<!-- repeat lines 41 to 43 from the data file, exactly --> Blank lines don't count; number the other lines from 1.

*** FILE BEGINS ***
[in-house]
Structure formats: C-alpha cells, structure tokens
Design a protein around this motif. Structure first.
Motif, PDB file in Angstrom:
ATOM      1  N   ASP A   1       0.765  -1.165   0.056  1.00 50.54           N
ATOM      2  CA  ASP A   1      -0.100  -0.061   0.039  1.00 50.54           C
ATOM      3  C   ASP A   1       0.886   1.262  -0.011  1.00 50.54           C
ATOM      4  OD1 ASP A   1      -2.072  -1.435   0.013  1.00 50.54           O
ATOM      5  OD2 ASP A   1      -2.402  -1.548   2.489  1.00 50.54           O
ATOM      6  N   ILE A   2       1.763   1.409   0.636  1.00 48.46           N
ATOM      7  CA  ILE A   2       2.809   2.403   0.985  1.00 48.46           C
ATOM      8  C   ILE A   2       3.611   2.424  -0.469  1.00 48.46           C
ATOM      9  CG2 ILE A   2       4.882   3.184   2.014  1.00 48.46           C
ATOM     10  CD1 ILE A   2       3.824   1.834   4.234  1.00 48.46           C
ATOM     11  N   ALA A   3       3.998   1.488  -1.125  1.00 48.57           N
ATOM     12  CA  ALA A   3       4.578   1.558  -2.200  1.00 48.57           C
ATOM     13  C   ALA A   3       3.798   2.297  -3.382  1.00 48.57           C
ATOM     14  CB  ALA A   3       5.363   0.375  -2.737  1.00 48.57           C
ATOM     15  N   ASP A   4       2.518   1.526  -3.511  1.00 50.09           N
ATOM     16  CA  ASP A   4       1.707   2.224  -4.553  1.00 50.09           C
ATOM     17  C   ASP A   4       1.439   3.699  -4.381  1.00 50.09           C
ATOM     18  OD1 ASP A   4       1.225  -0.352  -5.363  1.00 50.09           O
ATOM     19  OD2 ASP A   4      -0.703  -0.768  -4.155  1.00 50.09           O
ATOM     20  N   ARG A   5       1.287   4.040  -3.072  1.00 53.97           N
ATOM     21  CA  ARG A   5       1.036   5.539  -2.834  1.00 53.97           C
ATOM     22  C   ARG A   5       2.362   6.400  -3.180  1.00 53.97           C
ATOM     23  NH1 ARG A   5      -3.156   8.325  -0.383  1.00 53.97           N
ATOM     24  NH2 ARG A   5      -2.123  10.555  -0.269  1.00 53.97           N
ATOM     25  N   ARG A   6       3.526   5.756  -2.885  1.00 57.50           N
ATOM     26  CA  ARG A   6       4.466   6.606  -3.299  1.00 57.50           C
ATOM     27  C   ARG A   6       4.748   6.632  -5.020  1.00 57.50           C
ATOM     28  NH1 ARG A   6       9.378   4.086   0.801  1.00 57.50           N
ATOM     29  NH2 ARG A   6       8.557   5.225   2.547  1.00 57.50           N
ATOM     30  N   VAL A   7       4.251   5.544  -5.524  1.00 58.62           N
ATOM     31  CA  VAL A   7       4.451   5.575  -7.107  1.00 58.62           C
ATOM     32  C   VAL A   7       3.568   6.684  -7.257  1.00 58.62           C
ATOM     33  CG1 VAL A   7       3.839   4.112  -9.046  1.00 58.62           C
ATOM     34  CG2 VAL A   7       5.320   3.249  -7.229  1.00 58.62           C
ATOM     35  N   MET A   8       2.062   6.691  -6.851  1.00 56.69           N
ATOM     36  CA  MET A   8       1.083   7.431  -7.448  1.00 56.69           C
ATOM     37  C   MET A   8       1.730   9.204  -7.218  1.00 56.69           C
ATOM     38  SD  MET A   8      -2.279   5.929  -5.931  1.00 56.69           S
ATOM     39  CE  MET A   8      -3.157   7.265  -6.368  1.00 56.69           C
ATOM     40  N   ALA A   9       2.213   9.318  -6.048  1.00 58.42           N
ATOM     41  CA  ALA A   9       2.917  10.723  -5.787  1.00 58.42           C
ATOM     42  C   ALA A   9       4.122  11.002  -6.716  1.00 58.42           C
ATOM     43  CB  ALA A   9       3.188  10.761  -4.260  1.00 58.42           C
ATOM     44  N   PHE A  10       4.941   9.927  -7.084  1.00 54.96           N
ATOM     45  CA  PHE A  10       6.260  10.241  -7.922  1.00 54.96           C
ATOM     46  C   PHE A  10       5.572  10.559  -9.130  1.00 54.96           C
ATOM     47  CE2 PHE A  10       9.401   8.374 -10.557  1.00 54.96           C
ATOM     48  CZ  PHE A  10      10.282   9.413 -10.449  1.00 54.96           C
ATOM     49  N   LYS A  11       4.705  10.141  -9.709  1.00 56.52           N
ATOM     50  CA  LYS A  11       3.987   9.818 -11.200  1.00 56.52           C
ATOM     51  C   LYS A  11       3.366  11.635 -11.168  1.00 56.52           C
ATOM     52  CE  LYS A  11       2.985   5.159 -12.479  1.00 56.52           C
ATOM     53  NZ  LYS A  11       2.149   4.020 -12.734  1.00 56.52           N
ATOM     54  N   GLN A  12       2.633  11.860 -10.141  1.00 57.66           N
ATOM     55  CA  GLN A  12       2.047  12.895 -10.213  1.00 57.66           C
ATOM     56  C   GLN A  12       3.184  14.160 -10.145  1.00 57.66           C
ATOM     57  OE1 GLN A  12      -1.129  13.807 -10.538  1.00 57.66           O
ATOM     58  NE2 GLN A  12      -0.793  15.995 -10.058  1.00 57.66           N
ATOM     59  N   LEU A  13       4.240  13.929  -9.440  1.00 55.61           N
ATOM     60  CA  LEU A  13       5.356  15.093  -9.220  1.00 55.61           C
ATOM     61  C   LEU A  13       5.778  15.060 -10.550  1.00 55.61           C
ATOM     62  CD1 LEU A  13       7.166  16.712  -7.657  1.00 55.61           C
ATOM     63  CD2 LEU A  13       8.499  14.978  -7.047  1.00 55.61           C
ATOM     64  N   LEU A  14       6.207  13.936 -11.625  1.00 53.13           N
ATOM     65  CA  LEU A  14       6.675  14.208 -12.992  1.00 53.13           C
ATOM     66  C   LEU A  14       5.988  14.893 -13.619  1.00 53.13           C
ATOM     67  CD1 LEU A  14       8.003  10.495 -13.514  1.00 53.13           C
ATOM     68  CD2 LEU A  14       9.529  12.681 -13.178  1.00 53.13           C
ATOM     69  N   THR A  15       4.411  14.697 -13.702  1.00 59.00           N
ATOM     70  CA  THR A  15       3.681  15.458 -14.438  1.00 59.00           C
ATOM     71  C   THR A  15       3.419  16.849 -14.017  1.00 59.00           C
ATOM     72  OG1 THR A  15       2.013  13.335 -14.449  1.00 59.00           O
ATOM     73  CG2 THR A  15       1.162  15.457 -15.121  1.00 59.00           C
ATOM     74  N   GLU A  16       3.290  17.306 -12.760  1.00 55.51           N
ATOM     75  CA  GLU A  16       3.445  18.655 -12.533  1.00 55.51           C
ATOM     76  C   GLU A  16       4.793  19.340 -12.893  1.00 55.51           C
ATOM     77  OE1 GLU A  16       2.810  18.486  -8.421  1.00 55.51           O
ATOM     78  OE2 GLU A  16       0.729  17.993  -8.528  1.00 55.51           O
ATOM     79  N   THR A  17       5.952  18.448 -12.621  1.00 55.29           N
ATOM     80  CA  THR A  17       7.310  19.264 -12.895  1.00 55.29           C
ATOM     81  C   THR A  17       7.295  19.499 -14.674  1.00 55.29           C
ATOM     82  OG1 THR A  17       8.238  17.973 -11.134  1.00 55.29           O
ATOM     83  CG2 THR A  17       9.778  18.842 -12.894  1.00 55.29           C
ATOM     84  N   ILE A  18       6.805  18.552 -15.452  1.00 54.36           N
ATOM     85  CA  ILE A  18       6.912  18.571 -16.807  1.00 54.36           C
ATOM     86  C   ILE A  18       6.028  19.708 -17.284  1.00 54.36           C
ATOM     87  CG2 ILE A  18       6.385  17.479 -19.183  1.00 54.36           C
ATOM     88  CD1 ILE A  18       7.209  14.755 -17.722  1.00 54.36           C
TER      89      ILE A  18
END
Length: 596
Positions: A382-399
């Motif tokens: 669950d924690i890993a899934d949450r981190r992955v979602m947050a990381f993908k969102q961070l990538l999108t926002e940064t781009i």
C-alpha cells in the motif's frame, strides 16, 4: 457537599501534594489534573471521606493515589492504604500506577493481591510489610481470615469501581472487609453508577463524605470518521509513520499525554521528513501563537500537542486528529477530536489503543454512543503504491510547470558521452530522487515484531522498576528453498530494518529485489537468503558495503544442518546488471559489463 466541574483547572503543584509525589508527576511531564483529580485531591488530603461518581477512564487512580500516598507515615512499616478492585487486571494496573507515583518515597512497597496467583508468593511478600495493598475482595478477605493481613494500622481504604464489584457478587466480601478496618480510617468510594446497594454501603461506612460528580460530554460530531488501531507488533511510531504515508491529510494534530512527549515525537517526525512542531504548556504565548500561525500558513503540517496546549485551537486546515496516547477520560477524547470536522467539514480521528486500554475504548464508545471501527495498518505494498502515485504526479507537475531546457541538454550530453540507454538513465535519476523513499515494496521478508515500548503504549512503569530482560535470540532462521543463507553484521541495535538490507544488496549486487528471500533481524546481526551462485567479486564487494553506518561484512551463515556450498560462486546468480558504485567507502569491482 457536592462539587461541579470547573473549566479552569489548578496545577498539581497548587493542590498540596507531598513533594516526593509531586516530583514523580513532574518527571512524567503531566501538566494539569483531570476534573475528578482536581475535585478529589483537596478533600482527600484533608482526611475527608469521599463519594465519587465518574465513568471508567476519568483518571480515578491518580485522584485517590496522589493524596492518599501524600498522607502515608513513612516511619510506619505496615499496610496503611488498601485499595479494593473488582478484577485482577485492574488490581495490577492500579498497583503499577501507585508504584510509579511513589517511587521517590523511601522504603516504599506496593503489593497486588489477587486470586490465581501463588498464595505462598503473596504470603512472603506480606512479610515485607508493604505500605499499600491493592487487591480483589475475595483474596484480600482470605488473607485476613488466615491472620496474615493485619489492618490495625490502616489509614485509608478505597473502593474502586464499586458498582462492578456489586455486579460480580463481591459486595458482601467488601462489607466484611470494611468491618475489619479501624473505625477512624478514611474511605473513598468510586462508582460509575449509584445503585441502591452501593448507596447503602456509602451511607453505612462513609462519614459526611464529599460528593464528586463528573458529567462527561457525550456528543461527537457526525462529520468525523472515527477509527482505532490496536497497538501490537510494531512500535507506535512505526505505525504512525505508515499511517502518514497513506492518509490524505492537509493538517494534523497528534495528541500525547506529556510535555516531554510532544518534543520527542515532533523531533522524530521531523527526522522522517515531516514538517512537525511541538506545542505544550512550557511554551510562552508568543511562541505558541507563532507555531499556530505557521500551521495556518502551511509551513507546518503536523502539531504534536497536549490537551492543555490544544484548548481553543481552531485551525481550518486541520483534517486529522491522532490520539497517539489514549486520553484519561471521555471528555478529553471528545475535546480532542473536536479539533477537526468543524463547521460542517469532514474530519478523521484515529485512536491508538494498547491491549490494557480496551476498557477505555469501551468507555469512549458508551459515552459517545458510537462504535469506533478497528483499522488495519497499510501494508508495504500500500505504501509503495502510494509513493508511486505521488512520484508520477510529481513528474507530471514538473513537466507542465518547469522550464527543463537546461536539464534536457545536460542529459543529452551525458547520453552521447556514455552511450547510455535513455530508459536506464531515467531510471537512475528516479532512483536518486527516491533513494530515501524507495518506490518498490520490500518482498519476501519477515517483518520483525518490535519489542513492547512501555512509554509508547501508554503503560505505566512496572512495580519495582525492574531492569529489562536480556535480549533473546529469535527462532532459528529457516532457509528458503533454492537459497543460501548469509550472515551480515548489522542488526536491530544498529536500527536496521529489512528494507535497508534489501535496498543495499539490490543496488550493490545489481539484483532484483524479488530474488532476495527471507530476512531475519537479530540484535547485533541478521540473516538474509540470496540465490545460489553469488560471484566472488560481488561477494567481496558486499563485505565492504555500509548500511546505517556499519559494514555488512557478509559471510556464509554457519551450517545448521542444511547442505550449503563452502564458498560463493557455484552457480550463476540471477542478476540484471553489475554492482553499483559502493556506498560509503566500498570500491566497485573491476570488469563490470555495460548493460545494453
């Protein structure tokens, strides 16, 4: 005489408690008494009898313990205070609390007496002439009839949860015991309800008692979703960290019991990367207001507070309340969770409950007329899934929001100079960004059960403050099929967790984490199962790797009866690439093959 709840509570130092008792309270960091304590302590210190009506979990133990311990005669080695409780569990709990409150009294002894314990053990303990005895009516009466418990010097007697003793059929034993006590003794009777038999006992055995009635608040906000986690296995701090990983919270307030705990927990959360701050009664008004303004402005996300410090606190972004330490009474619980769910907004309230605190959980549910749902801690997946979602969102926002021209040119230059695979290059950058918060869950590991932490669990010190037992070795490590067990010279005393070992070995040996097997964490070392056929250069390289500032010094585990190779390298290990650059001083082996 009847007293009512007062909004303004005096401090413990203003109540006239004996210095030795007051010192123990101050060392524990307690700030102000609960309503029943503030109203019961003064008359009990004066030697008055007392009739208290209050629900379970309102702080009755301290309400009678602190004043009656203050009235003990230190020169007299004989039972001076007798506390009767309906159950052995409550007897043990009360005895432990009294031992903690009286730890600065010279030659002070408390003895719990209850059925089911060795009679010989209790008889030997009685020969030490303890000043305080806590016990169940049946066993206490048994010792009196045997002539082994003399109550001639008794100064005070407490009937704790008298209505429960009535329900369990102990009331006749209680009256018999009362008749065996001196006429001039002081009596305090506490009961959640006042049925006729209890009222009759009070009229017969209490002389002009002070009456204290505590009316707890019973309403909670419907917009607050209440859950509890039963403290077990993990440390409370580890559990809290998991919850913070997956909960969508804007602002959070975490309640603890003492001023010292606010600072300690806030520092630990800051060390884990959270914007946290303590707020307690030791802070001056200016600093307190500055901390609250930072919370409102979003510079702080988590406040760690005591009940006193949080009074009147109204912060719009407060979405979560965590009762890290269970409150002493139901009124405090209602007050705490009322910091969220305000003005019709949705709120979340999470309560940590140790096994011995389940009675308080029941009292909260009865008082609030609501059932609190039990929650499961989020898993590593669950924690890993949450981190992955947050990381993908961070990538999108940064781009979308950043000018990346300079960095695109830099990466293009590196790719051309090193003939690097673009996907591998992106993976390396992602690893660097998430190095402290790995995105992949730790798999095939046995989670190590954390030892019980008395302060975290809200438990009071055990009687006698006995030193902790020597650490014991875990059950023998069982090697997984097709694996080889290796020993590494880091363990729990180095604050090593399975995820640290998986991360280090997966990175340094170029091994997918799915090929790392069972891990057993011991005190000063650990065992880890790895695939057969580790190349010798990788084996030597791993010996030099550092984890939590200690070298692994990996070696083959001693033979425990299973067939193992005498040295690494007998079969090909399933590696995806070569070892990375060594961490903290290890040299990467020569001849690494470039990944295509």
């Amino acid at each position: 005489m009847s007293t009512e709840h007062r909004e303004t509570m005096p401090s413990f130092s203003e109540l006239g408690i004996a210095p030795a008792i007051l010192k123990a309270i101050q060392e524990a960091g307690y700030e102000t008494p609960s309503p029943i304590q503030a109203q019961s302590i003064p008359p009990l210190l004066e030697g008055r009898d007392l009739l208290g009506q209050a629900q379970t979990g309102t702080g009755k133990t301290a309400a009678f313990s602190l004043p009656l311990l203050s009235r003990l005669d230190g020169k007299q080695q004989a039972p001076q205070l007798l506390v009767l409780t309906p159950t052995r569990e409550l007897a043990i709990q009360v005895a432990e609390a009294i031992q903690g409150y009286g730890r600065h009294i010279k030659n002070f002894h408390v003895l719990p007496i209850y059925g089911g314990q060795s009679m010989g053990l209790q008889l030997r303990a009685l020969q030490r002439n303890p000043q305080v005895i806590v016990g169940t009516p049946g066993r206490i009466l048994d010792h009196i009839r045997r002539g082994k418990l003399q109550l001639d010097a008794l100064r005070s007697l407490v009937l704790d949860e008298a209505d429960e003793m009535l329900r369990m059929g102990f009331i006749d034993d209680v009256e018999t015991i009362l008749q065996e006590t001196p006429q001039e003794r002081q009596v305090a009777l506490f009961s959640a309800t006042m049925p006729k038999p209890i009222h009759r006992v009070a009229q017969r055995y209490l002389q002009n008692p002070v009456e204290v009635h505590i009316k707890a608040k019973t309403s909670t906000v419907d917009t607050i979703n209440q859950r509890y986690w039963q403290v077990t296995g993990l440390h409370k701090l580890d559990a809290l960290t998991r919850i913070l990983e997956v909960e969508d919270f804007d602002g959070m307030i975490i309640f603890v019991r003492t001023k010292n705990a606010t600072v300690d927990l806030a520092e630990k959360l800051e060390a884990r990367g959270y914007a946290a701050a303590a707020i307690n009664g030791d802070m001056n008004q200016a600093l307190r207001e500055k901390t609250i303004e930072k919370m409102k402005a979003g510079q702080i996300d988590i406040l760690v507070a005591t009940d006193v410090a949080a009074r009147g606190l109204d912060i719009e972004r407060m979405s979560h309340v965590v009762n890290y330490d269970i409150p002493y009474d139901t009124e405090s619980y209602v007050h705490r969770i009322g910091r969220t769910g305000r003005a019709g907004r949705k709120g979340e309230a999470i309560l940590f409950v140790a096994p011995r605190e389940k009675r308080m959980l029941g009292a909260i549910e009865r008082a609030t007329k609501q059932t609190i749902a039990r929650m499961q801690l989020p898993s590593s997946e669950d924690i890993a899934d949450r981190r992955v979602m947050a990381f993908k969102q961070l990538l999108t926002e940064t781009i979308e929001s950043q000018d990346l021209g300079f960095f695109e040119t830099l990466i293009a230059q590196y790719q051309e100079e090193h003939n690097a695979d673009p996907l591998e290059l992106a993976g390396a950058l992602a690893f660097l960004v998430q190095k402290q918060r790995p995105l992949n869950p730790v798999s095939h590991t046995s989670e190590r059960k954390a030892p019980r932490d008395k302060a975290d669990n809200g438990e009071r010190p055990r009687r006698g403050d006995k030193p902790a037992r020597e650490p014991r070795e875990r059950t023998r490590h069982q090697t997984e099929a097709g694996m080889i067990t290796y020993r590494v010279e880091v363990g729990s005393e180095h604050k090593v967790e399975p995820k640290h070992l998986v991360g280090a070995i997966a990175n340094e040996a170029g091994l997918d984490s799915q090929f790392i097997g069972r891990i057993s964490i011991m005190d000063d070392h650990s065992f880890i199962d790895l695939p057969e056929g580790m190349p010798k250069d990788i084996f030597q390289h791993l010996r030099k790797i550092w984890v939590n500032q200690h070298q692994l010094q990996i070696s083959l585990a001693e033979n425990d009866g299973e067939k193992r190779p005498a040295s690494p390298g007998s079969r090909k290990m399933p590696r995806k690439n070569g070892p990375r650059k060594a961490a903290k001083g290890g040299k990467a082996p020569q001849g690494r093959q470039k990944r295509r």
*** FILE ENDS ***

ATOM     37  C   MET A   8       1.730   9.204  -7.218  1.00 56.69           C
ATOM     38  SD  MET A   8      -2.279   5.929  -5.931  1.00 56.69           S
ATOM     39  CE  MET A   8      -3.157   7.265  -6.368  1.00 56.69           C